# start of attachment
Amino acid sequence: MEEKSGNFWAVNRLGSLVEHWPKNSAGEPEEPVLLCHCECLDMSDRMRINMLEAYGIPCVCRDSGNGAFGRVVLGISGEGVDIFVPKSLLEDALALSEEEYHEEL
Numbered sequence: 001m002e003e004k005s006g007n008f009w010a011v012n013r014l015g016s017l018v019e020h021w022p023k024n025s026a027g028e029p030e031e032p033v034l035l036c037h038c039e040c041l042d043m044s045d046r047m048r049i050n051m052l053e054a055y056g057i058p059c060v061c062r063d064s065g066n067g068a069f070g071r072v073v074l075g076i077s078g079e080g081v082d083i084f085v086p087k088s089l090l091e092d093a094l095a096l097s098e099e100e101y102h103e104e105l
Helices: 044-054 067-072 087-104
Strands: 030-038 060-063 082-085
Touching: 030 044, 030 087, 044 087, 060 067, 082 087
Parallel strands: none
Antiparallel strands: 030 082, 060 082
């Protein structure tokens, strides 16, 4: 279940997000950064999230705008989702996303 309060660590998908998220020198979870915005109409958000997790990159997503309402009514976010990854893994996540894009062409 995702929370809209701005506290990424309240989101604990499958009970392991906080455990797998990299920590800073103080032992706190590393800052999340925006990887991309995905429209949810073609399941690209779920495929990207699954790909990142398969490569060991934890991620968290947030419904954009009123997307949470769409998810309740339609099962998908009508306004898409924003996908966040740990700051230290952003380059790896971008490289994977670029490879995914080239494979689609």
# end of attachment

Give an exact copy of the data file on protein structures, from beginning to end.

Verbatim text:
Amino acid sequence: MEEKSGNFWAVNRLGSLVEHWPKNSAGEPEEPVLLCHCECLDMSDRMRINMLEAYGIPCVCRDSGNGAFGRVVLGISGEGVDIFVPKSLLEDALALSEEEYHEEL
Numbered sequence: 001m002e003e004k005s006g007n008f009w010a011v012n013r014l015g016s017l018v019e020h021w022p023k024n025s026a027g028e029p030e031e032p033v034l035l036c037h038c039e040c041l042d043m044s045d046r047m048r049i050n051m052l053e054a055y056g057i058p059c060v061c062r063d064s065g066n067g068a069f070g071r072v073v074l075g076i077s078g079e080g081v082d083i084f085v086p087k088s089l090l091e092d093a094l095a096l097s098e099e100e101y102h103e104e105l
Helices: 044-054 067-072 087-104
Strands: 030-038 060-063 082-085
Touching: 030 044, 030 087, 044 087, 060 067, 082 087
Parallel strands: none
Antiparallel strands: 030 082, 060 082
């Protein structure tokens, strides 16, 4: 279940997000950064999230705008989702996303 309060660590998908998220020198979870915005109409958000997790990159997503309402009514976010990854893994996540894009062409 995702929370809209701005506290990424309240989101604990499958009970392991906080455990797998990299920590800073103080032992706190590393800052999340925006990887991309995905429209949810073609399941690209779920495929990207699954790909990142398969490569060991934890991620968290947030419904954009009123997307949470769409998810309740339609099962998908009508306004898409924003996908966040740990700051230290952003380059790896971008490289994977670029490879995914080239494979689609």